Friday, June 23, 2006

extra crispy.

I'm trying to follow the adage of, "If you don't have something nice to say, don't say anything at all."  No one wants to hear other people whine.  You will note that my blog has been a little quieter over the past two months or so. 
 
I read a post at Audacity that moved me to share with you how I'm feeling right now. 
 
I am really, truly, actually, matter-of-factly burnt out.  Not busy; burnt out.  I yell.  I have zero patience.  I am annoyed.  I wake up in the morning and I'm no longer excited about going to work.  My anxiety level goes through the roof when I see that I have voicemails waiting for me in the morning. 
 
It took me a little bit to figure out that I was burnt out.  Once I accepted that, I started to wonder why.  I think there are several reasons.  First, I took this job because I wanted to advocate for people who would not otherwise have their voices heard.  Second, I thought I was going to be making extensive use of my trial skills.  Third, I thought I was going to be absorbing, receiving, debating, firing off law and criminal procedure from day to day.
 
The reality of my days? 
 
- No trials.  No hearings.  I spend every day begging and charming.  There is no law involved in resolving the overwhelming majority of my cases.  I smile, I kiss ass when it needs to be kissed, I beg, I plead, I cajole, I negotiate.  No 4th, 5th, 6th Amendment.  Just smiles and begging.  Please reduce the charge.  Please give him probation.  Please let her do a program instead of jail time.  No caselaw.  No statutory interpretation.  Just... begging.
 
- Please give me the discovery you didn't give me before.  Please give me the rest of the discovery.  Nope, really, I still want all that discovery that I know you have and aren't handing over.  Please stop pretending like it's ok to hand over that stuff (and still!  not even all of it) the minute before a hearing / trial when the court set a date over a month ago for final discovery.  Judge, please hold the prosecutor accountable for this.  No?  Ok thanks. 
 
- I am overwhelmed by the number of cases in which I see police misconduct.  The 4th, 5th, 6th Amendments, the exclusionary rule, giving truthful testimony under oath - I'm not so sure I've seen a lot of it in the courthouse or on the streets.  It exists in textbooks, and as far as I can see, nowhere else.
 
- Plus all the stories that I'd love to share but don't for fear of recognition / retribution.  There are plenty.
 
I am not fighting the system that crushes the lives of my clients.  I just help it run smoothly.
 
I feel like every day has become an exercise in futility.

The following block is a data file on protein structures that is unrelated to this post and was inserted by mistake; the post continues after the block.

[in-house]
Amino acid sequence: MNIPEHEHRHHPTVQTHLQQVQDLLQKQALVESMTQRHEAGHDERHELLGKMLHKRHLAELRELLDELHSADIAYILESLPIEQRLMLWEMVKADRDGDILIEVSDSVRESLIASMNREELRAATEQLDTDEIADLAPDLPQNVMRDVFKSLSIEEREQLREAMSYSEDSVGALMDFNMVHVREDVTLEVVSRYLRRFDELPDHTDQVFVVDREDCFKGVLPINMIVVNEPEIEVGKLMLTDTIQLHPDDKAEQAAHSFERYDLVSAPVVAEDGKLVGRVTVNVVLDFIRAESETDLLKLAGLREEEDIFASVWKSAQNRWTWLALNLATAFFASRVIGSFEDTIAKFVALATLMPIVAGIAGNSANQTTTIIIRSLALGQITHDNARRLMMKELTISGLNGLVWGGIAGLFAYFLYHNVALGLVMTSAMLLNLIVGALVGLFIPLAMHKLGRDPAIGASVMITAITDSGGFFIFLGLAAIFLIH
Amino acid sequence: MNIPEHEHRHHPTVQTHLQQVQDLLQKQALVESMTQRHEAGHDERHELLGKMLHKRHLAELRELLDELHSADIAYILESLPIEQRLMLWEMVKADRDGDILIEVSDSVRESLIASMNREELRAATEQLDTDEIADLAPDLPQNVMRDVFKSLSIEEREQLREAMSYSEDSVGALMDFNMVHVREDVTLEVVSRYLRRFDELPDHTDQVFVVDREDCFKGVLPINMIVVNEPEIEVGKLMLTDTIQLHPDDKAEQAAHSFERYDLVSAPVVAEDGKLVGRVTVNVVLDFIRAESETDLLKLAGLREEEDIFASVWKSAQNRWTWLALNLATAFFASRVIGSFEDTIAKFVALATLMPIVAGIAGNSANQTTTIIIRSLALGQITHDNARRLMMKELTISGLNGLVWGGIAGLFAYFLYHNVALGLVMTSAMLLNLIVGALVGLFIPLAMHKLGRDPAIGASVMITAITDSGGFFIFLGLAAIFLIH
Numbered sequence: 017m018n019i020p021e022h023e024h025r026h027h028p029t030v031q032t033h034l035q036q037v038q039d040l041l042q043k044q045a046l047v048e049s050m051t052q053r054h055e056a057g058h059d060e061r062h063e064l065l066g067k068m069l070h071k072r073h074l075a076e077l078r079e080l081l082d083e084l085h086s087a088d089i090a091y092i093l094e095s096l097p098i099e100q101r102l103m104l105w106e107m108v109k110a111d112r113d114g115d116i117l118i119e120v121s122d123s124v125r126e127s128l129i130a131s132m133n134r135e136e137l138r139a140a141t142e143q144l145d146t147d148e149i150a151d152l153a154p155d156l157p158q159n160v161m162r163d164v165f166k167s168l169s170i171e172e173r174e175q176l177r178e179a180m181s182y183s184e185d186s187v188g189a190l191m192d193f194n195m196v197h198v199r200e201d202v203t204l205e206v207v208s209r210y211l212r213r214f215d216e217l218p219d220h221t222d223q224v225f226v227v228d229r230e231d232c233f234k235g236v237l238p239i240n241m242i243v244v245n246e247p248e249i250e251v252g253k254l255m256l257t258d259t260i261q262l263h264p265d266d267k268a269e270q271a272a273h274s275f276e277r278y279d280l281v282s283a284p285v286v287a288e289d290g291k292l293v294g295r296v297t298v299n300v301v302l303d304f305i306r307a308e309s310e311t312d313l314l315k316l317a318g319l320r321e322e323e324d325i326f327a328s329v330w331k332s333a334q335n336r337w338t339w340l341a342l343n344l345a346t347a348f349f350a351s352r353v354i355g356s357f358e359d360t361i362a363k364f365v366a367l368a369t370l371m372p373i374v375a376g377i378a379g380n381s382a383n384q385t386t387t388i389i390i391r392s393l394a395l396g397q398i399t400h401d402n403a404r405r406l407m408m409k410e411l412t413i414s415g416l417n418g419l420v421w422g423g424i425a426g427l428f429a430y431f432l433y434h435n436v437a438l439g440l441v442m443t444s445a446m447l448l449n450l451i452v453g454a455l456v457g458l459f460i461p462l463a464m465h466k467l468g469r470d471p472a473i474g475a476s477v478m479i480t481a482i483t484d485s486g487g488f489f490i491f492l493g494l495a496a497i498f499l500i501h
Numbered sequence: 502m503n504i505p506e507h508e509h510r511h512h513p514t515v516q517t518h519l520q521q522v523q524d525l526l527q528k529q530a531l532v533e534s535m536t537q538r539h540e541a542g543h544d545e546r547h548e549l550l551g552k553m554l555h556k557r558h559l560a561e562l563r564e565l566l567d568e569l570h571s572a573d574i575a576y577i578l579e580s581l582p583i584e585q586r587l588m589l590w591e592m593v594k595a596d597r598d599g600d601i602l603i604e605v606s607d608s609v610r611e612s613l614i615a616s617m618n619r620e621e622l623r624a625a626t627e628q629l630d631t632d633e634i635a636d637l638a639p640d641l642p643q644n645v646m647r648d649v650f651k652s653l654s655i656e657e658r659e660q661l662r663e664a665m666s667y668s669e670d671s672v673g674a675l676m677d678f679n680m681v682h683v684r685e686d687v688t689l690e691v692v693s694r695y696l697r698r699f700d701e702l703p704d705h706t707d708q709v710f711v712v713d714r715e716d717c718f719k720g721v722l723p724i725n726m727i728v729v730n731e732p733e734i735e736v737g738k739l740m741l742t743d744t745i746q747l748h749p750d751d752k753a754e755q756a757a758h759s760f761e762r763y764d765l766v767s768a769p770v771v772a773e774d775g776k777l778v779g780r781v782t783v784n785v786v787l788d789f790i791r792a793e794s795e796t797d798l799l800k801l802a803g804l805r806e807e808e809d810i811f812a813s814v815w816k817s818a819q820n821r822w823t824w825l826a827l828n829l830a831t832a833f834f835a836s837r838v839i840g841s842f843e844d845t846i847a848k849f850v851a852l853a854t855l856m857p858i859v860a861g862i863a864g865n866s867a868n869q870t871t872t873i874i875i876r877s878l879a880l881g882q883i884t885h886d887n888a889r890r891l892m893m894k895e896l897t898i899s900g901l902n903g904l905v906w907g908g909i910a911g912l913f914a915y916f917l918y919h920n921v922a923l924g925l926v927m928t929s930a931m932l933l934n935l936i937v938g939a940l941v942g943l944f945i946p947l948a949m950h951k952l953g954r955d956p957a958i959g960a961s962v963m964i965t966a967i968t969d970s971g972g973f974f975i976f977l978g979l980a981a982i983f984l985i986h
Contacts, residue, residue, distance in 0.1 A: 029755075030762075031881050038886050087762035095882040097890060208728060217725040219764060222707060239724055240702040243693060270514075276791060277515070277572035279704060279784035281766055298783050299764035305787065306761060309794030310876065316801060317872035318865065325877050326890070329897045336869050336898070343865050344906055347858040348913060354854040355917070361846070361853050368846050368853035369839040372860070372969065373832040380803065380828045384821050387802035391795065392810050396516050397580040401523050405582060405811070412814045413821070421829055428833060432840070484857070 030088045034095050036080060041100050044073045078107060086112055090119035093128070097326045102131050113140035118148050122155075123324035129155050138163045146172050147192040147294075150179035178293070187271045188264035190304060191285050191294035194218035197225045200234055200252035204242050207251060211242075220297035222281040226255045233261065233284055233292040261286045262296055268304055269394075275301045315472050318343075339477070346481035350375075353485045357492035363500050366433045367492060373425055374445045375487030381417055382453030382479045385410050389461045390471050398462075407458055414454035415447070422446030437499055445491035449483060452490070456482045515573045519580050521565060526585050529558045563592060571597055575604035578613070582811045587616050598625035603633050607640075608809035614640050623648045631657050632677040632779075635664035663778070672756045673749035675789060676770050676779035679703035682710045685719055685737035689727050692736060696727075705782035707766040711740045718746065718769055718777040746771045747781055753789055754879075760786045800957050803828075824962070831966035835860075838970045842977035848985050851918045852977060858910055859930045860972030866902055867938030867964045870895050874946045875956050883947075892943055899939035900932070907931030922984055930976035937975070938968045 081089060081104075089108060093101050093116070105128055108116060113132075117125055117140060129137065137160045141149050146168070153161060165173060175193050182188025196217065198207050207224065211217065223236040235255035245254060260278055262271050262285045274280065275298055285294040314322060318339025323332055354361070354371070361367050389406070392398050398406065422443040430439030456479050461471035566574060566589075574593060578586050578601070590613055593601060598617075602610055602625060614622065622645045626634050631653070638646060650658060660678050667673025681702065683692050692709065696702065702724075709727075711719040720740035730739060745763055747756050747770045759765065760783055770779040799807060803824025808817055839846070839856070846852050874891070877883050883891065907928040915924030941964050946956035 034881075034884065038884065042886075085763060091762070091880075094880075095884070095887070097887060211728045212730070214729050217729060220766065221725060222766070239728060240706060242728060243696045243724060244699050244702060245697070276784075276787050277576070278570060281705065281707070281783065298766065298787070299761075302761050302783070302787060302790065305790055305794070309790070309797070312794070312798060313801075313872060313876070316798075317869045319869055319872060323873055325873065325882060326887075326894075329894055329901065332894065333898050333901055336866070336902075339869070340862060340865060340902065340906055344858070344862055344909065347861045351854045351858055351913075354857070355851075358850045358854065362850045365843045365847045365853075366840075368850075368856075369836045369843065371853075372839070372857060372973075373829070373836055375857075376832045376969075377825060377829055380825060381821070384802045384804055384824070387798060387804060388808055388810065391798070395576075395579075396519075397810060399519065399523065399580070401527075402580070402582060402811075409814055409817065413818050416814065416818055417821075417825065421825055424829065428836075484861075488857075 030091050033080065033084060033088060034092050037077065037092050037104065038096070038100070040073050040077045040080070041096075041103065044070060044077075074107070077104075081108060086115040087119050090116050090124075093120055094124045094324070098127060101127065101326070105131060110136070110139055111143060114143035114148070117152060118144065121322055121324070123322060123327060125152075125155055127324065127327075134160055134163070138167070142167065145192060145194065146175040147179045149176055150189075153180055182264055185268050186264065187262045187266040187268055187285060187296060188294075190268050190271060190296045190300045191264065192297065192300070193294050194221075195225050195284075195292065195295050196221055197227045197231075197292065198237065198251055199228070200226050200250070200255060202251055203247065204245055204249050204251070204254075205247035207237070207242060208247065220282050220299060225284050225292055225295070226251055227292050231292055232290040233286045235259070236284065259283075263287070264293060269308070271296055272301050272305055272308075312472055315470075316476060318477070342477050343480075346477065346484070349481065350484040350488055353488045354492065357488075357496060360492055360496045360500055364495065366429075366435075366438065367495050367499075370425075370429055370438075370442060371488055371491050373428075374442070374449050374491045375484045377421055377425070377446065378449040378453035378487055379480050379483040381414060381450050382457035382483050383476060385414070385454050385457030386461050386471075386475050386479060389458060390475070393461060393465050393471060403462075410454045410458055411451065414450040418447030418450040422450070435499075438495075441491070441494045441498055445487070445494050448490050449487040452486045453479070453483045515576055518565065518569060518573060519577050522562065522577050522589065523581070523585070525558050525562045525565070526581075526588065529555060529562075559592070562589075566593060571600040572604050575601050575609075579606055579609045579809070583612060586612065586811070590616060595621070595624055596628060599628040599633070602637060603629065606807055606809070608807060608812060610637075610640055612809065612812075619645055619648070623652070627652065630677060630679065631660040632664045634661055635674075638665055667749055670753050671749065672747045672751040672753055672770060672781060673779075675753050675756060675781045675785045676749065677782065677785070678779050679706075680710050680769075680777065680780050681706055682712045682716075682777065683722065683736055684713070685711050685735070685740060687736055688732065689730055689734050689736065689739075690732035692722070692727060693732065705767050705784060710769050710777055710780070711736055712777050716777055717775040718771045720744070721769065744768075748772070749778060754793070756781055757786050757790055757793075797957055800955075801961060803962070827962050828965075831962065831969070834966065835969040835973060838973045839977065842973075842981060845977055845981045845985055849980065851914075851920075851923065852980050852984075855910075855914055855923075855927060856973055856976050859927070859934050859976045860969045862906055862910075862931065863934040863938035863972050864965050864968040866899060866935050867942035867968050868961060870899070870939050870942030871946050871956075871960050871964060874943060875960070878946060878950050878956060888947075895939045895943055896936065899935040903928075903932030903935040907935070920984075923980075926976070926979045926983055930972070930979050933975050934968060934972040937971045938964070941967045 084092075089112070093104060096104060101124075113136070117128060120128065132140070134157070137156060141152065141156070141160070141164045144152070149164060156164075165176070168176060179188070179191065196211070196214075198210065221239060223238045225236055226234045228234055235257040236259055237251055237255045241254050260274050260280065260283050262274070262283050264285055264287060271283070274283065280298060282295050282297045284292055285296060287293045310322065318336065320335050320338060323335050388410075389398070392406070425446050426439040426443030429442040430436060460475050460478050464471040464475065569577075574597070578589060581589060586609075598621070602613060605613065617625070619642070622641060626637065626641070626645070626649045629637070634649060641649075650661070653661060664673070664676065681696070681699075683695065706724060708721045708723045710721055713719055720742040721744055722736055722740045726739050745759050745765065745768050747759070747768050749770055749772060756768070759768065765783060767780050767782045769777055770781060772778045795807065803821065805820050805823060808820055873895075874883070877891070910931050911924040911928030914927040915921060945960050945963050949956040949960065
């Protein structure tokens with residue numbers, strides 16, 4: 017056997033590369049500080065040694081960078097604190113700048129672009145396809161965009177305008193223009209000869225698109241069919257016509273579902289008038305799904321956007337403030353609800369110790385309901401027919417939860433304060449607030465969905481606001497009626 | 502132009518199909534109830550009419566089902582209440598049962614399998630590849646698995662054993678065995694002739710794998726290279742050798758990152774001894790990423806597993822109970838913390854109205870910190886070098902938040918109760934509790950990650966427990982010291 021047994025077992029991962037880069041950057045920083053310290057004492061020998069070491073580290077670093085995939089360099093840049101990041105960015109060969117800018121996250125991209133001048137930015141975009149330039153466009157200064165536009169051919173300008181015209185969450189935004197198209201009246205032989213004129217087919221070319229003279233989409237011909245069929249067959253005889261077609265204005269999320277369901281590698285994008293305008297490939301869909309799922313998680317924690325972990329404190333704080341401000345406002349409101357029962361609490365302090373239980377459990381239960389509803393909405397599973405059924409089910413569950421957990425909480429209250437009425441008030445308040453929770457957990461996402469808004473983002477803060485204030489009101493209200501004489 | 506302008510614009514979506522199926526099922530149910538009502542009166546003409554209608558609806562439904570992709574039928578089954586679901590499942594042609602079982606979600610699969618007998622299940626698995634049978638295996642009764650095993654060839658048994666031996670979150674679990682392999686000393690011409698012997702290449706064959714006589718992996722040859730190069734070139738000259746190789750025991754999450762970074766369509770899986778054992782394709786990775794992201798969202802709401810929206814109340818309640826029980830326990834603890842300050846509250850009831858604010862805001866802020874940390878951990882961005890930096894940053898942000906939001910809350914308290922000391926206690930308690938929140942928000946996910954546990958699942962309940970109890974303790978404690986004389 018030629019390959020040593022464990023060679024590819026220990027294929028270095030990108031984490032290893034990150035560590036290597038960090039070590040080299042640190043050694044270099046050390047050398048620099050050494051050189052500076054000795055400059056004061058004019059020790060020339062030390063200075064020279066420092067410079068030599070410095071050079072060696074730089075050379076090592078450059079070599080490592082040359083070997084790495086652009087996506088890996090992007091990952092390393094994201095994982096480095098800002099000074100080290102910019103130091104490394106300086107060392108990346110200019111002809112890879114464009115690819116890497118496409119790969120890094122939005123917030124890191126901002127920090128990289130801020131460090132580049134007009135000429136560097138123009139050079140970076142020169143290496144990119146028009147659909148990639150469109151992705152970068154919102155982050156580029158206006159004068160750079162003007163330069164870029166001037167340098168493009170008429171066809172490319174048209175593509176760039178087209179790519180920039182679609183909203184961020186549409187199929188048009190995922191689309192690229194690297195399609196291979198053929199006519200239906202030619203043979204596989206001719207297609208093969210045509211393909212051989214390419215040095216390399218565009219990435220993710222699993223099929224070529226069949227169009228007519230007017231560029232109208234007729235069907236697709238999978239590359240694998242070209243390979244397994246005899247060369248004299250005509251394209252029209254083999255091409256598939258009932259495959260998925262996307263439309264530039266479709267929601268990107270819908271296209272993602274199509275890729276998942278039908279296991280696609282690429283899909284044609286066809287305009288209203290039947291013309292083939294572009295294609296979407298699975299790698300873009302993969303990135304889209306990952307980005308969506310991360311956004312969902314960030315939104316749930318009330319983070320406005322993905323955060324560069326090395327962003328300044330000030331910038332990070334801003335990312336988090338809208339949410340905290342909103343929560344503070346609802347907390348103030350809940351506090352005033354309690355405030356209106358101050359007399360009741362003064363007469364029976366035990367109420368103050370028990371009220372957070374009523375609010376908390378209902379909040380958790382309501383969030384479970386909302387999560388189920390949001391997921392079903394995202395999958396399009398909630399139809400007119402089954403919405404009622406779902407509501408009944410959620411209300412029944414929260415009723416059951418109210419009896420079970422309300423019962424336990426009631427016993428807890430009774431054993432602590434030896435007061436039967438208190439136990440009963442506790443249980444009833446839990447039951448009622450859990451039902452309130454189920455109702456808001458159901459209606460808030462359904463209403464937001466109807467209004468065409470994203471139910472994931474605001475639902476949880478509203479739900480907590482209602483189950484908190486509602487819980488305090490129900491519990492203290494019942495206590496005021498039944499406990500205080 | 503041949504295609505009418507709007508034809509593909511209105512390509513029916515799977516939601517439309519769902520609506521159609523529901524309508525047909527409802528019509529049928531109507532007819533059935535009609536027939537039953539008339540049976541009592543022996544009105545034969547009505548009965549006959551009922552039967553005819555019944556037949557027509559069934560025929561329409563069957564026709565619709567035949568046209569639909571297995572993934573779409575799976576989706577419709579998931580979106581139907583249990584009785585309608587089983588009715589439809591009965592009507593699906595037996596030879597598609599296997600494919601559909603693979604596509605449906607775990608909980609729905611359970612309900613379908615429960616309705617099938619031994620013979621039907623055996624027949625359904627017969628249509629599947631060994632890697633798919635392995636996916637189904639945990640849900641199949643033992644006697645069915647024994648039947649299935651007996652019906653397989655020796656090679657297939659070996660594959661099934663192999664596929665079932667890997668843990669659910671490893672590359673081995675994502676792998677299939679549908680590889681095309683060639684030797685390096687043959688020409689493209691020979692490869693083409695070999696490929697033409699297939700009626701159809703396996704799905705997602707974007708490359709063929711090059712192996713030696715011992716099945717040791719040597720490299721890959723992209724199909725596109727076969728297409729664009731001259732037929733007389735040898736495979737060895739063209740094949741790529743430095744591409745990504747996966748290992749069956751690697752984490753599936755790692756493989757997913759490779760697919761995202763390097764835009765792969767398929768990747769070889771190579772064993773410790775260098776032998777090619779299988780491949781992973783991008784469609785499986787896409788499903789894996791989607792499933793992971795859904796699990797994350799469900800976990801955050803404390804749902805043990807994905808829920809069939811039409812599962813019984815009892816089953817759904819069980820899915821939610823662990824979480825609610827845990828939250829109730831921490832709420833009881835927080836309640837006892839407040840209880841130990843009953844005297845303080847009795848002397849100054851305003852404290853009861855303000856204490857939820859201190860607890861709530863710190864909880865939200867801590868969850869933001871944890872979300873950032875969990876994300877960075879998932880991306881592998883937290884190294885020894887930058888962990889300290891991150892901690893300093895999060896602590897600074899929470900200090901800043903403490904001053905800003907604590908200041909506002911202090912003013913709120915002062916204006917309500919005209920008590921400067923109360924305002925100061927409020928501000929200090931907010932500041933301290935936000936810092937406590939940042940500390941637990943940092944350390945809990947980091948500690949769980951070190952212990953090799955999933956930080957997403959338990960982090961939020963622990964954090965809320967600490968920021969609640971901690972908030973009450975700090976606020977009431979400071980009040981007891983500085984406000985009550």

As a social worker, I felt helpless - like I had the insight and the access to create change, but not the authority to do so.  I left social work and went to law because I believed in the awe-inspiring and benevolent power of the law to create change in people's lives.  I have such great reverence for The Law - for the Bill of Rights, for Constitutional Law and Criminal Procedure.  There's something so powerful about these concepts and their evolution.  It was the intersection of sociology and the law drove me to do indigent defense.  I love my job because I get to work with actual human beings whose lives are real and important, and in theory, through advocacy, I can help protect the importance of their lives and liberty with the powerful tools of law. 
 
I feel like I've been wholly unsuccessful.  That may not be true, completely.  But right now, I feel like I haven't been able to really humanize my clients.  I haven't been able to really make their individual voice heard.  I really have not been able to use the law the way it should be used to protect the rights of individuals against invasive government intrusion.  I feel helpless and overwhelmed.  What can I do?  What is it that I, as one single, new, underfunded attorney, can do?
 
I've been so burnt out that I've withdrawn socially as well.  I don't blame my job for my social withdrawal - to be honest, I think it's my dissatisfaction with my social life that is hurting my job, and not vice versa.  But I was so overwhelmed and so distant and distracted.  I was just not present.  And it got so bad that I finally realized I was missing out on a lot of what was going on in other people's lives.  My best friend's wedding.  The pregnancies of two other friends.  Things that I want to be involved in, in which I want to play an active role, and yet I could not scrape up the energy to participate in the way I really want to.  I realized that I couldn't look back with regret on all of these things that I value so much.  So I took a time out.
 
I don't have the Ultimate Answer, but after a lot of consideration, I have finally identified several things I could try to do in order to reconnect with my life, both personally and professionally:
  • I want to start volunteering with kids again.  I did it for years.  I love children, I love the trappings of childhood, and I have enough free time to dedicate myself to doing something, other than work, that is personally fulfilling to me.  I think I am going to start by reading bedtime stories to children in the hospital.